So again, I think we may have another instance of official and semi-official sources differing from one another.

The unfortunate thing is that the SASB omits the "Third Collect" (that is, the second fixed collect) at both Matins and Evensong in order to replace it with the Collect of the Saints. This is unfortunate, because all the fixed collects at Matins and Evensong are BCP translations of very ancient Latin prayers. It's sad to lose two of them.

My guess is that it was added in order to include reference to the intercession of the Saints (as per the Moscow Synodal instructions). However, (1) if recites the Office with Collects, Hymns and Antiphons from the Proper of the Saints, and (2) if one includes the Final Antiphon of Our Lady, you already have a pretty solid expression of the Orthodox invocation of Saints.

11:19 AM  
Blogger Ben Johnson said...

Fr. Matthew, Subdn. Benjamin is right. The prayer in its entirety is:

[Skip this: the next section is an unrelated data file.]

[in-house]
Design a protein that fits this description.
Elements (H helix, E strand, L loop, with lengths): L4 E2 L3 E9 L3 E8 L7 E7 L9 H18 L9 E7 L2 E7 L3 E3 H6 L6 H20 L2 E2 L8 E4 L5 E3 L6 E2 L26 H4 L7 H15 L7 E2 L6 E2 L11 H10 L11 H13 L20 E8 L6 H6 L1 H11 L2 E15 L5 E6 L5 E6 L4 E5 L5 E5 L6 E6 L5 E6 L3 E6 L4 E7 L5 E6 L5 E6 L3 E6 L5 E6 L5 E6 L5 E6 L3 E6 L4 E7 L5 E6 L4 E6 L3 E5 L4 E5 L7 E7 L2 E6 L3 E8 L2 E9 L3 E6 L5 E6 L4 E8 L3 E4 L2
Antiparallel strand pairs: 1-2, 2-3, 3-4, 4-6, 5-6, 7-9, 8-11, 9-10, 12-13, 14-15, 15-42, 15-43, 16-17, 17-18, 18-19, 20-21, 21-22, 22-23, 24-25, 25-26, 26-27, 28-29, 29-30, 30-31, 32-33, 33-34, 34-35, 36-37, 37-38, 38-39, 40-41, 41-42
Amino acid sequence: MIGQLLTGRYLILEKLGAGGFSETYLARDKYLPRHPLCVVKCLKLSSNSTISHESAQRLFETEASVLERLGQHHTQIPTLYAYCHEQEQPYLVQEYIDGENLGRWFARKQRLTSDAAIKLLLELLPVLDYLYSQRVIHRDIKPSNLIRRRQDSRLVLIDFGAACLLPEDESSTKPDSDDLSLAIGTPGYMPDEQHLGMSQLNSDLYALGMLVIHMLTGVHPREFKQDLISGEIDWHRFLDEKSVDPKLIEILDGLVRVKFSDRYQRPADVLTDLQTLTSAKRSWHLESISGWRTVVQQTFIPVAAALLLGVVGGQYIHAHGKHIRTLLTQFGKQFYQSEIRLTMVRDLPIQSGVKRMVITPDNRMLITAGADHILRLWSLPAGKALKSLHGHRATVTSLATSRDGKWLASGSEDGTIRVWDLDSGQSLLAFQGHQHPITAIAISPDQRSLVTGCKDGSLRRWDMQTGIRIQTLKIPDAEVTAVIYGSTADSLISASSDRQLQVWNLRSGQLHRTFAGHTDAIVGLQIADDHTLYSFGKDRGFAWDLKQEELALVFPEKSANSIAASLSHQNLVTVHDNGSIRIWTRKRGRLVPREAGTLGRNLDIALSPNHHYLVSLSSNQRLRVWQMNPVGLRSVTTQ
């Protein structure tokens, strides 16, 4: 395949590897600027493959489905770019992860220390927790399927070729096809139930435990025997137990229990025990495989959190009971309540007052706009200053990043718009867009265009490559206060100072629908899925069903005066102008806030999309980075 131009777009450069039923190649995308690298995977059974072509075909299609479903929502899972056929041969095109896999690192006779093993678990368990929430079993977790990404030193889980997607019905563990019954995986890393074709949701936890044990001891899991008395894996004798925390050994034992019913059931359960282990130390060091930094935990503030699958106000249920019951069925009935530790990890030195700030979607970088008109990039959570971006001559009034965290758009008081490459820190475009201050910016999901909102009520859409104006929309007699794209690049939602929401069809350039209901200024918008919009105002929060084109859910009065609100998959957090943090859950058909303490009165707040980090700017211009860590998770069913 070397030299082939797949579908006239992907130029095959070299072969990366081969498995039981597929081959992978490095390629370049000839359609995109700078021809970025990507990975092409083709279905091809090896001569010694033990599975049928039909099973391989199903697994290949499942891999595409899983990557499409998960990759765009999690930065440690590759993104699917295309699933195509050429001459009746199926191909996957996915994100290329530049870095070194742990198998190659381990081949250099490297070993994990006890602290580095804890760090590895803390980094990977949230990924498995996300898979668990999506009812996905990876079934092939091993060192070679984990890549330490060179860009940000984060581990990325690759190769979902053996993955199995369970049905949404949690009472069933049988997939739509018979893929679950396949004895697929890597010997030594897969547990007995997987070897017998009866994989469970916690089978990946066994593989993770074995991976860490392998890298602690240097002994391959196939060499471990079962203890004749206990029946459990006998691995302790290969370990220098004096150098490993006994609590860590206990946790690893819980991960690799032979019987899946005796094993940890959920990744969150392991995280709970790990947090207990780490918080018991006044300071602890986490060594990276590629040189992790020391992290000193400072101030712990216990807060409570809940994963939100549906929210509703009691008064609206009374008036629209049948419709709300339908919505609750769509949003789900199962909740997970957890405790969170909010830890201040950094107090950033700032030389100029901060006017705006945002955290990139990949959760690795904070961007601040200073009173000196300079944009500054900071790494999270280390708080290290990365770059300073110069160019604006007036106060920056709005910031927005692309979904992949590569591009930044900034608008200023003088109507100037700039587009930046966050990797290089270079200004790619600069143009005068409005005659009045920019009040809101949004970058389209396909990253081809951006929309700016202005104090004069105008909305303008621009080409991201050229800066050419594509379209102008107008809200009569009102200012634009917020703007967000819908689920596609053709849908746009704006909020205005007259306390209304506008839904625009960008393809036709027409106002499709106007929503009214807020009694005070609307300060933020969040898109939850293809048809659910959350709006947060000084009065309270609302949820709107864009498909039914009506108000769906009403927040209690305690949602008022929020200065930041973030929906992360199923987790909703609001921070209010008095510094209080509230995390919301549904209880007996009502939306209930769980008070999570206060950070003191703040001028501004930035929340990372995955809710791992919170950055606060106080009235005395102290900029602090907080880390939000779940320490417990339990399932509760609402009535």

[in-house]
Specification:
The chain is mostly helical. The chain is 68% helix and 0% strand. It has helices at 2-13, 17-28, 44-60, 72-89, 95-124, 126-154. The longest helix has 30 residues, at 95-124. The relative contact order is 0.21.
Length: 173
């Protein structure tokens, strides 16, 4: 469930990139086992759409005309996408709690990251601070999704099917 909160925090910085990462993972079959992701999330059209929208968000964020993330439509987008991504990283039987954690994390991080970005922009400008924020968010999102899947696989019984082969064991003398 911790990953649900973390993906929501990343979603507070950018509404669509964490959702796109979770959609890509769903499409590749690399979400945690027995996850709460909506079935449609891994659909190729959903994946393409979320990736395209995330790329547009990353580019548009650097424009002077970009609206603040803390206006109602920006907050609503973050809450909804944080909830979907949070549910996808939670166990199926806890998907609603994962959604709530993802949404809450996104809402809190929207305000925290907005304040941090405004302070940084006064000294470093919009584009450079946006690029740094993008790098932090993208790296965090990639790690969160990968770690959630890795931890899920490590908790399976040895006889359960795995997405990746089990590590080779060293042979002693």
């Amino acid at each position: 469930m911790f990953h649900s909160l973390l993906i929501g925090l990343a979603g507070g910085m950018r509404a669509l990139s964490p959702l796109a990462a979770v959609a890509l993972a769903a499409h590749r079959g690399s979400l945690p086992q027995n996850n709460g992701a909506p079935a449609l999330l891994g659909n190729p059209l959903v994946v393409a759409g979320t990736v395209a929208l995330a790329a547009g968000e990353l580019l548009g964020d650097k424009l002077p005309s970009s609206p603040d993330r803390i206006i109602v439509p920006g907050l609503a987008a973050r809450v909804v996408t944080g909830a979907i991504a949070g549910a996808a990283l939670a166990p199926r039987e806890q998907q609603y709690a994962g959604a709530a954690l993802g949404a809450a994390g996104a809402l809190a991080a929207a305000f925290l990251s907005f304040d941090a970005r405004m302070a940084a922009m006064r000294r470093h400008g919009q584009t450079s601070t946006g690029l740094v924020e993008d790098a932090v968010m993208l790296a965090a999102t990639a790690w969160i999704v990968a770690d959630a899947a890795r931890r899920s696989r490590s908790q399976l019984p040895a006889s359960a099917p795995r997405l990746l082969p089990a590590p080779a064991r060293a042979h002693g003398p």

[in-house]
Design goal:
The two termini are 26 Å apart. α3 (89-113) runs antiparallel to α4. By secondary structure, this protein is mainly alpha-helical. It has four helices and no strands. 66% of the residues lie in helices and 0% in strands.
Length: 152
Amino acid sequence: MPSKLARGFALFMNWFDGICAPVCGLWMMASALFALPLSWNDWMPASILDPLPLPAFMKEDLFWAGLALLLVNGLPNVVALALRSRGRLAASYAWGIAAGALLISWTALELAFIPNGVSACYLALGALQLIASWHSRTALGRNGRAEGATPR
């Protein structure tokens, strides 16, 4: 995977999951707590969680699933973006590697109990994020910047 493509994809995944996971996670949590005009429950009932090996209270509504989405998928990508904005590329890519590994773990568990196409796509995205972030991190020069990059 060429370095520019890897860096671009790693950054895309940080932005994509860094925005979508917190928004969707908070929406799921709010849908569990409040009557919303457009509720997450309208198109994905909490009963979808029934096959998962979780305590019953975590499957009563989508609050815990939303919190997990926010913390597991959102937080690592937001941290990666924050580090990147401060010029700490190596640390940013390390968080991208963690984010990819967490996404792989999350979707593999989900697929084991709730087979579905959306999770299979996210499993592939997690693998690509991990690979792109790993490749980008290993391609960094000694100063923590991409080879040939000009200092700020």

"Defend us, we beseech Thee, O Lord, from all perils of mind and body; and at the intercession of the blessed and glorious Mary, the ever-Virgin Mother of God, of blessed Joseph, of Thy blessed Apostles Peter and Paul, of blessed Andrew, of blessed N., and of all Thy saints, graciously bestow upon us both peace and safety, that all adversity and error being done away with, Thy Church may serve Thee in untroubled freedom. Through the same Jesus Christ, Thy Son, our Lord, Who liveth and reigneth with Thee and the Holy Ghost, ever, one God, world without end. Amen."

The prayer is to be said after the second fixed Collect, before the (optional) Anthem and (optional) additional prayers, followed by the (mandatory) benediction, etc.

Subdn. Benjamin, I had been under the impression this collect was an official WRV thing. I'd never seen a copy of the Tikhonite hours that did not have it -- but then I'm not as well-traveled as you are. It may well be an unofficial vs. official difference. If so, gladly withdrawn.

And on the substance of the matter, I agree with you ending the Office by chanting the Marian Antiphons reproduced in St. Dunstan's Psalter would be another way to fulfill the Observations's requirements to introduce "some such prayers (or hymns) in one or another form and degree."

And no, the SASB shouldn't have omitted the second fixed Collect, a beautiful pre-Schism prayer in continuous use probably since its writing.

7:32 PM  
Blogger Benjamin Andersen said...

Ben -

You very well could be right that it is an official Vicariate thing, and not just an SASB thing.